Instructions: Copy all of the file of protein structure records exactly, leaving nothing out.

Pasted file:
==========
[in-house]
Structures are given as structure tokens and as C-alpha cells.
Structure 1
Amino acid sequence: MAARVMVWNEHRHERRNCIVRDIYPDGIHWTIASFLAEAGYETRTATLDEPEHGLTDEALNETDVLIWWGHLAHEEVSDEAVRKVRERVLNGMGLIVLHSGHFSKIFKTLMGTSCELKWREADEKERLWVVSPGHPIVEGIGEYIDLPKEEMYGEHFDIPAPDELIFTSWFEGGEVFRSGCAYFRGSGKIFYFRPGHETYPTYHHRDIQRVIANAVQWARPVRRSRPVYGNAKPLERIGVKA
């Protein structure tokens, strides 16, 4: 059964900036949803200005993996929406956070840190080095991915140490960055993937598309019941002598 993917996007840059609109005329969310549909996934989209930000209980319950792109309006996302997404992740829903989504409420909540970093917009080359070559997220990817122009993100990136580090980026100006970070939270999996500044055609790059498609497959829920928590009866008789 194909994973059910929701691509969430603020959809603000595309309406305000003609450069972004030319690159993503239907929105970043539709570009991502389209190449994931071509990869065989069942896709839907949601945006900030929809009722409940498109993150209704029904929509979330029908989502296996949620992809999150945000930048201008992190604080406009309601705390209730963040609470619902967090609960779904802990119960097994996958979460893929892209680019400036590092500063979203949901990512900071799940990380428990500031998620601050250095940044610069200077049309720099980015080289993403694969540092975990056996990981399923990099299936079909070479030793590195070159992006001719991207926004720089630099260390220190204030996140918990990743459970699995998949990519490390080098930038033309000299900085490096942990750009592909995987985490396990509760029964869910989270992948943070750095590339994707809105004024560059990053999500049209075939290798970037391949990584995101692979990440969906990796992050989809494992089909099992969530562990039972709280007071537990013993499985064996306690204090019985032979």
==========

[in-house]
Structures are given as structure tokens and as C-alpha cells.
Structure 1
Amino acid sequence: MAARVMVWNEHRHERRNCIVRDIYPDGIHWTIASFLAEAGYETRTATLDEPEHGLTDEALNETDVLIWWGHLAHEEVSDEAVRKVRERVLNGMGLIVLHSGHFSKIFKTLMGTSCELKWREADEKERLWVVSPGHPIVEGIGEYIDLPKEEMYGEHFDIPAPDELIFTSWFEGGEVFRSGCAYFRGSGKIFYFRPGHETYPTYHHRDIQRVIANAVQWARPVRRSRPVYGNAKPLERIGVKA
């Protein structure tokens, strides 16, 4: 059964900036949803200005993996929406956070840190080095991915140490960055993937598309019941002598 993917996007840059609109005329969310549909996934989209930000209980319950792109309006996302997404992740829903989504409420909540970093917009080359070559997220990817122009993100990136580090980026100006970070939270999996500044055609790059498609497959829920928590009866008789 194909994973059910929701691509969430603020959809603000595309309406305000003609450069972004030319690159993503239907929105970043539709570009991502389209190449994931071509990869065989069942896709839907949601945006900030929809009722409940498109993150209704029904929509979330029908989502296996949620992809999150945000930048201008992190604080406009309601705390209730963040609470619902967090609960779904802990119960097994996958979460893929892209680019400036590092500063979203949901990512900071799940990380428990500031998620601050250095940044610069200077049309720099980015080289993403694969540092975990056996990981399923990099299936079909070479030793590195070159992006001719991207926004720089630099260390220190204030996140918990990743459970699995998949990519490390080098930038033309000299900085490096942990750009592909995987985490396990509760029964869910989270992948943070750095590339994707809105004024560059990053999500049209075939290798970037391949990584995101692979990440969906990796992050989809494992089909099992969530562990039972709280007071537990013993499985064996306690204090019985032979």